One possible example of the negative approach was the front cover of Yediot Aharonot the morning after Saturday’s protest, which showed a picture of a protester breaking the window of the Bank Hapoalim on Ibn Gvirol Street under the headline “The protest loses control.”

Next to the main photo is one of protest leader Daphni Leef striking a sly pose as she smokes a cigarette, above an op-ed by former Prime Minister’s Office official Yoaz Hendel titled “They crossed a red line.”

Tausig said the order to play up the negative aspects of the protest has come from the owners of the media outlets and the highest editorial strata because the protests are focused on the very tycoons and moguls who own many of Israel’s media outlets.

Tausig said that during last year’s protests, “there wasn’t just very sympathetic coverage, the coverage was also very heavy,” adding that the writers and editors “identified with the protests; they’re of the right age, living in the right city [Tel Aviv], working in the right profession, mainly in their 20s. They perfectly fit the core center of the protest movement.”

Tausig said that this year there is a struggle going on between the lowest-level reporters and editors with the higher-up management, adding that he has been told personally from a number of journalists that stories they had written and laid out on the protests had been scrapped due to editorial decisions from above.

“Blowjobs are NIS 100 and sex is NIS 220, that’s how they make their money,” said “Rafi,” a middle-aged homeless man pointing to a far-off group of shrubs at Woloslewsky Park next to the Arlozorov train station at 1:30 a.m. on Thursday morning.

The Tel Aviv Municipality is offering the park, a wellknown gay cruising spot, as an alternative camping site to Rothschild Boulevard, where Huldai has been unbending in his opposition to the setting up of a protest camp.

By Wednesday night there were about 15 tents at Woloslewsky next to the corner of Namir and Arlozorov, with an additional five empty tents on the corner of Menachem Begin Street. Rafi said that he and all of the other half-dozen people at the campsite are homeless, in between half-serious inquiries about whether or not the Jerusalem Post reporter is a police officer or wearing a wire. He and two other friends were staying up all night in shifts to ward off the thieves who he said have been targeting the tents.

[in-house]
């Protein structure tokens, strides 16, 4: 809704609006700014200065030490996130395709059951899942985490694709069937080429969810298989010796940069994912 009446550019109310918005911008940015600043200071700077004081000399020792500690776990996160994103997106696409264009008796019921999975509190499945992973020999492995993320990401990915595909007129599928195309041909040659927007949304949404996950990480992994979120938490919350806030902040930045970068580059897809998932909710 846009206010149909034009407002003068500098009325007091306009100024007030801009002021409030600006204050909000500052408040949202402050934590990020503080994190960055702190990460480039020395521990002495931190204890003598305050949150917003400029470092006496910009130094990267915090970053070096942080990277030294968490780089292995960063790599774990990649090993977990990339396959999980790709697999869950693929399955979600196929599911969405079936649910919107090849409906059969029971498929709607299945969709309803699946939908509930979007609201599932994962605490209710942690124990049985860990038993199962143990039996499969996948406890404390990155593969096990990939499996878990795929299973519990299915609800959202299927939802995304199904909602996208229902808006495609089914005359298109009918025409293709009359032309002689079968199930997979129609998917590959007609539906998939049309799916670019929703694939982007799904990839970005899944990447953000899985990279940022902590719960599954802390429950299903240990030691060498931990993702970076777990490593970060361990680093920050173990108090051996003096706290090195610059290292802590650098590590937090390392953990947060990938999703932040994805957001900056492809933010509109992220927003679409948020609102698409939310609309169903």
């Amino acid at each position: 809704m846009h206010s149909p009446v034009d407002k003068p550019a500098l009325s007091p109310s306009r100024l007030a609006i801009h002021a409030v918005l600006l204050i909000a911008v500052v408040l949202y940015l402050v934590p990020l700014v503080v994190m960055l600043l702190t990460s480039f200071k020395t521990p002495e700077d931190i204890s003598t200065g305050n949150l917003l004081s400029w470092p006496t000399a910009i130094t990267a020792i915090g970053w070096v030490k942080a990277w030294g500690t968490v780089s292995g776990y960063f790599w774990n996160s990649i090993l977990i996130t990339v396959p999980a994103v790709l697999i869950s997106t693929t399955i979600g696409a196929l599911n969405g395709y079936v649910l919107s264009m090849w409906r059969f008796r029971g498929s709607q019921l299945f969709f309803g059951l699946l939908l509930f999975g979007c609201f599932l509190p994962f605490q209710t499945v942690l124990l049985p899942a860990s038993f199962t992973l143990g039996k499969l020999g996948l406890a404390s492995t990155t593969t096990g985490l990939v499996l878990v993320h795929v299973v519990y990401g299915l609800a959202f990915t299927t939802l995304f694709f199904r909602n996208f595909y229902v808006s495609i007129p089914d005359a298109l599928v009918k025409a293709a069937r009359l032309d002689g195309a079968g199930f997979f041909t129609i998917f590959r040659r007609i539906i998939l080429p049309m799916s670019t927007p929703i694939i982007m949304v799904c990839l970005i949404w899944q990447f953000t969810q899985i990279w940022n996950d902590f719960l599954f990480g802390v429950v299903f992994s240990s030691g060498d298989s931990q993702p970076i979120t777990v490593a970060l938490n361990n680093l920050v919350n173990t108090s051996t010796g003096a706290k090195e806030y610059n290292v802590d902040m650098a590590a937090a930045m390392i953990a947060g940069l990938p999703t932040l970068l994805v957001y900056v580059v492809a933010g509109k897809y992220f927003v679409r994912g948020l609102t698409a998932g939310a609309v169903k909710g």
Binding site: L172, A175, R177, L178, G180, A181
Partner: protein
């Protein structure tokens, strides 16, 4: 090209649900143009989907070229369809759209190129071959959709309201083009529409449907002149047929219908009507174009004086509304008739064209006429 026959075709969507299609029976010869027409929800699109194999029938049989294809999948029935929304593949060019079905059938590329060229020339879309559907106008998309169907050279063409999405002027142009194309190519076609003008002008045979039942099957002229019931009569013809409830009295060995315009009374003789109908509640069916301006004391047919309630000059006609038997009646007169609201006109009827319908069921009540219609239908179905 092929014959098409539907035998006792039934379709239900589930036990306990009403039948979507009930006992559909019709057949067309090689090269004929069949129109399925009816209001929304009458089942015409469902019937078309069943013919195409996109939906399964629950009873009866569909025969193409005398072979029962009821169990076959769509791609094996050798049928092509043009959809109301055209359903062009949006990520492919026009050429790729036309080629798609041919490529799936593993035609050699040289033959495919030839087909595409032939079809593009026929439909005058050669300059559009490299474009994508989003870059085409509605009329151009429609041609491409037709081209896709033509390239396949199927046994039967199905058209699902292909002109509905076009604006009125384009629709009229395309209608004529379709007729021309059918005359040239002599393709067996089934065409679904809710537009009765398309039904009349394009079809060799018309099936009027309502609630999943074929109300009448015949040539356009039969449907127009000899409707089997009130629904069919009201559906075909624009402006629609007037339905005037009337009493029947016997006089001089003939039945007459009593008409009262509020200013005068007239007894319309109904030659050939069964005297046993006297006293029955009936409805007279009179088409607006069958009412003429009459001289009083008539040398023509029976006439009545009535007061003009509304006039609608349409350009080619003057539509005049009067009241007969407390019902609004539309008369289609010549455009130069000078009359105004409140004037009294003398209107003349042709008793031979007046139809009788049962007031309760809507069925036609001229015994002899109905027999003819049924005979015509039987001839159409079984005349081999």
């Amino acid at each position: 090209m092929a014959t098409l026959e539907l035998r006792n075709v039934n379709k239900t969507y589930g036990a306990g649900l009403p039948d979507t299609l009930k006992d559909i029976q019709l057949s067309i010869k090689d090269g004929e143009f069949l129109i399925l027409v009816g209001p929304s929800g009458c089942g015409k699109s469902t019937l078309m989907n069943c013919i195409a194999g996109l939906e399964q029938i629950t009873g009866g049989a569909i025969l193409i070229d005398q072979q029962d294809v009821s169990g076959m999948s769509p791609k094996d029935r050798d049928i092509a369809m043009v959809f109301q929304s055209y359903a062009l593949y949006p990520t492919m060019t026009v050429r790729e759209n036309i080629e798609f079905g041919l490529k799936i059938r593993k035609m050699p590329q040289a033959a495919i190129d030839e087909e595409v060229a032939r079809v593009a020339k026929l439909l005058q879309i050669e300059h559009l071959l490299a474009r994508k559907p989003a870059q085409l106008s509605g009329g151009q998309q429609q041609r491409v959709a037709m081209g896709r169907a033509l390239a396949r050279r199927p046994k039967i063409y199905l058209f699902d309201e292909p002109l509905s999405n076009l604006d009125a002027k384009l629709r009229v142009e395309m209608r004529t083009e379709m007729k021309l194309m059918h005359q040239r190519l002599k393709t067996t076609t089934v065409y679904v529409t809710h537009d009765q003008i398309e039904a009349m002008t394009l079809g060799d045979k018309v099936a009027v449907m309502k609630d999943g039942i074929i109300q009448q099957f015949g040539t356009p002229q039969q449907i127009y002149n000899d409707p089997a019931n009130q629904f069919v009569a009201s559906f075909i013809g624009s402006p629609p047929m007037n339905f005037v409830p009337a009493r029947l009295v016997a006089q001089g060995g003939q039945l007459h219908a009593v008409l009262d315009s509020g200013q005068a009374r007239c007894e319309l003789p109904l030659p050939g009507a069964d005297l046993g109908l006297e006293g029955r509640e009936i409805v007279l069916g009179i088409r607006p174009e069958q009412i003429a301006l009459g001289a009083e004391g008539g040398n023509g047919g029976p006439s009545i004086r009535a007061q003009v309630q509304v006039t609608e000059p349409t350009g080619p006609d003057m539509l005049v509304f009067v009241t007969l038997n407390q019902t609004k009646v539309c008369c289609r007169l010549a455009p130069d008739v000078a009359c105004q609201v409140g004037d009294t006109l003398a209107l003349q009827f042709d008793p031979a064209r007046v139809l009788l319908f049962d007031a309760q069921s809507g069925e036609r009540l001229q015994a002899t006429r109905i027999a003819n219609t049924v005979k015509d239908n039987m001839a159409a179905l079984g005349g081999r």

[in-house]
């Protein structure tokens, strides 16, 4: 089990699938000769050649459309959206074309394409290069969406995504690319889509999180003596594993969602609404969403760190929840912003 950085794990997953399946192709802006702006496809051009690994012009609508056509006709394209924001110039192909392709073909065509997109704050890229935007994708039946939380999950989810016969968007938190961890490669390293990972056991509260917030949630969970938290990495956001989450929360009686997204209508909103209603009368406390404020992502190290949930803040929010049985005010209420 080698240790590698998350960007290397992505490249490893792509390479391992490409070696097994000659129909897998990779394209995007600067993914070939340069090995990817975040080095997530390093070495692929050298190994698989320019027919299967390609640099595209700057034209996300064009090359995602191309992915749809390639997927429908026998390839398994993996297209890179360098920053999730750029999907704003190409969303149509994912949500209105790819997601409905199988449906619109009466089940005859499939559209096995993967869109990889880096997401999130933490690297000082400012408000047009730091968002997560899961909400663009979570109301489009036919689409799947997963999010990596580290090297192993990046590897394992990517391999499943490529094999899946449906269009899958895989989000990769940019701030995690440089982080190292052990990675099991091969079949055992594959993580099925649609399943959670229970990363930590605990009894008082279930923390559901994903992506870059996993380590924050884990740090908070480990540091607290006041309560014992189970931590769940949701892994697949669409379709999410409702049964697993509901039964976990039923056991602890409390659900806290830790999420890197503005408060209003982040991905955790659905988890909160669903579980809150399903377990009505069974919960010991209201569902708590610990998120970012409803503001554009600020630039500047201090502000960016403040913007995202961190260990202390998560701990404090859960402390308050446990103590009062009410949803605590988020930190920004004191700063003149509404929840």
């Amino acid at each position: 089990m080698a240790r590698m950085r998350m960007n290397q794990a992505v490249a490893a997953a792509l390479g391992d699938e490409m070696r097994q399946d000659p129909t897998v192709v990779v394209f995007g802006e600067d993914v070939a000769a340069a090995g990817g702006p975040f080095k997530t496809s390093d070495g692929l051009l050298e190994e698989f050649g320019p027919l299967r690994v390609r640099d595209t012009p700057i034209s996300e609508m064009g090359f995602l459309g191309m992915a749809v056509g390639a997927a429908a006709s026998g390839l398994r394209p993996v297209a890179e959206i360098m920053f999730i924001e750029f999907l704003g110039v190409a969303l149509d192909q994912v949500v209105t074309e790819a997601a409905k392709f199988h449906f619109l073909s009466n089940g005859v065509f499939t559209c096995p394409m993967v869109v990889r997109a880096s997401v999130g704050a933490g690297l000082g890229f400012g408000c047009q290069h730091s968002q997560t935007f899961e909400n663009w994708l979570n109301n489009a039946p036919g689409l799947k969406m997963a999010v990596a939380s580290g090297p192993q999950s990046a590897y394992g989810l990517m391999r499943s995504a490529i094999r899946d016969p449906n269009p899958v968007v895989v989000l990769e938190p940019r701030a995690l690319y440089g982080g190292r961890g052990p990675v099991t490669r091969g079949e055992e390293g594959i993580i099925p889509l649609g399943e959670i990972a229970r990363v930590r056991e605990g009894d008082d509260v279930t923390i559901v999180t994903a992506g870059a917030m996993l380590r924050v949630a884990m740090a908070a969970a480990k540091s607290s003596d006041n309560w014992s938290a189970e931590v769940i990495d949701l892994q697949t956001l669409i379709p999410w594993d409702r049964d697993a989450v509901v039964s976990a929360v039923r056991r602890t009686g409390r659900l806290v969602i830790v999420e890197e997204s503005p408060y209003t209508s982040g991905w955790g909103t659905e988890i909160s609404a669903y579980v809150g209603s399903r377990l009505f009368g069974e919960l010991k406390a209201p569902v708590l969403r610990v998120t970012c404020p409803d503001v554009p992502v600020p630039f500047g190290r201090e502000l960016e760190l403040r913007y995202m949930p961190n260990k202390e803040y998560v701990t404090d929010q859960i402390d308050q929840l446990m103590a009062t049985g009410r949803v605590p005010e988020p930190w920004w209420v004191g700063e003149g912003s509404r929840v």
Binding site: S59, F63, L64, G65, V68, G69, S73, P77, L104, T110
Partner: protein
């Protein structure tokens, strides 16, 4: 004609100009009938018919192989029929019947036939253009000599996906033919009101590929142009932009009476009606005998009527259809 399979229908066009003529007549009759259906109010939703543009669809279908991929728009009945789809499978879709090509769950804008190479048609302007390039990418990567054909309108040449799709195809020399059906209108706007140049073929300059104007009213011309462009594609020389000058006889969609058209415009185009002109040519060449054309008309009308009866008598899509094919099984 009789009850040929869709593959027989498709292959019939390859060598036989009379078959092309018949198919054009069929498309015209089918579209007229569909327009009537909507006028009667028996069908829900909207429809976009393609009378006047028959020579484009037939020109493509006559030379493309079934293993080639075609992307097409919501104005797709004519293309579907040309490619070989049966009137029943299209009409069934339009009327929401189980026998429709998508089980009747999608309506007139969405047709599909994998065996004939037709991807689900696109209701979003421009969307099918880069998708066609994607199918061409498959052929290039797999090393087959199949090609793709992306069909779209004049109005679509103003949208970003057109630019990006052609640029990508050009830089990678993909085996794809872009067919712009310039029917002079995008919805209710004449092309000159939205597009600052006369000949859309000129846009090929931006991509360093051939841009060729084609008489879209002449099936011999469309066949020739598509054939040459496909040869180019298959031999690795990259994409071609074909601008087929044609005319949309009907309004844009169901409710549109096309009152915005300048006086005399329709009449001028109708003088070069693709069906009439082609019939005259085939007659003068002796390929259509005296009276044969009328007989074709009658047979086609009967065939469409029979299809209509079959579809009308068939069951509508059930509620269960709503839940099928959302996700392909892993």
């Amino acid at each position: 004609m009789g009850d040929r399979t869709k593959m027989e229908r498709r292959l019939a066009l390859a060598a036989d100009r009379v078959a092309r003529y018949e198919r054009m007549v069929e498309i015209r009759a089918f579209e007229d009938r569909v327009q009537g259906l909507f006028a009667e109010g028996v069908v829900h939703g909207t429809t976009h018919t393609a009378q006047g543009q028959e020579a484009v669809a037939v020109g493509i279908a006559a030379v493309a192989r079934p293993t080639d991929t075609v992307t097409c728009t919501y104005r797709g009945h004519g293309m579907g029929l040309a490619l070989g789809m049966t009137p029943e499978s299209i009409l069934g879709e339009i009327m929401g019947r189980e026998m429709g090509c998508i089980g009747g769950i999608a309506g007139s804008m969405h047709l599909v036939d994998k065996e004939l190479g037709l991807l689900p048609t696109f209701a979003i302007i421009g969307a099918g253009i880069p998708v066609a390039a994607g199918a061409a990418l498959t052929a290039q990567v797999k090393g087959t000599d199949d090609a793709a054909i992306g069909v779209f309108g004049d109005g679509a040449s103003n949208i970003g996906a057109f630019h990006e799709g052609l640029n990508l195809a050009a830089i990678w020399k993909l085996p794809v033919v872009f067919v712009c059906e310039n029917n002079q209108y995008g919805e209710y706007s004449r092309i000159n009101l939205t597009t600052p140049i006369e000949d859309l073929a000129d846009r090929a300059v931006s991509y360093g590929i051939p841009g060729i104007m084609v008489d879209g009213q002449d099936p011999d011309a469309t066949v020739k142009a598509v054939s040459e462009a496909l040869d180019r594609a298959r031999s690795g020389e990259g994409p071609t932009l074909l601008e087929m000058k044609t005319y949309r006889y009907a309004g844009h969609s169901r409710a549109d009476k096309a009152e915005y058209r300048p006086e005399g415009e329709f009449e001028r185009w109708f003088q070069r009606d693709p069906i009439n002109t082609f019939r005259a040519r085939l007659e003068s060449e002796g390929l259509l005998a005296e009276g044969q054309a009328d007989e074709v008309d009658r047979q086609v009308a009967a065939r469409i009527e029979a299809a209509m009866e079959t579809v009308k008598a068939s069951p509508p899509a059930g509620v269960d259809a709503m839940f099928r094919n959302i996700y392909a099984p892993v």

While the natural setting is verdant and expansive and a cool breeze runs through the rather remote park at night, the stillness and the random single men milling about in the bushes help create an environment that is somewhat threatening and makes it understandable why activists have been in no hurry to accept the municipality’s offer to set up camp here.

The ghost town that is the Woloslewsky campsite runs in stark contrast to where the Rothschild tent city was at this point in the protest last year. Largely due to its location in the heart of central Tel Aviv, the campsite was a pulsating, vibrant destination with late-night discussions and jam sessions running into the early hours of the morning. Without the Rothschild tent city incubator, the protest movement will have to find a different focus, one that should be in keeping with what former Tel Aviv-Jaffa City Councilman for the Ir L’kulanu party, Bar-Ilan Prof. Noah Efron says is the transition from the movement’s “charismatic” phase to a less romantic one of organizing and day-to-day politicking.

“Last summer was like falling in love and this summer is like figuring out how to have a relationship,” Efron said, adding that the euphoria of the first days and weeks of last summer’s movement were met by the government that was “only willing to pay lip service to it. Ultimately even the things the government declared it would do at the end of last summer it hasn’t done.”

Efron said that activists have toiled over the past year to translate a mass, charismatic movement into a bureaucratic one, and that despite the difficulties of making such a transition, he sees reason to be encouraged.

Efron said he believes that the movement still garners the same level of overwhelming support it enjoyed last summer (in fact, a poll released by Haaretz this week found that 69 percent of the public supports the renewal of the protests), but not the same willingness for large numbers of people to go out into the streets, saying that instead there will be smaller groups of more intense, more frustrated protesters.

The former councilman said that one of the concrete changes that have occurred has been at the municipal level, where in some 30 cities there are people who spent last summer in the tent cities who will be running in municipal elections.

While last summer trafficked in euphoria and breathtaking scenes of hundreds of thousands of Israelis marching through city streets, Efron said the current phases will be defined by a patient and deliberate push for change and not an overnight upheaval brought by street protests.

“If you stop viewing this as we’re going to topple the government and put in something different and you start to look at it in terms of two years from now and four years from now, I think there’s really good reason to think that we’re already seeing that change is on its way.”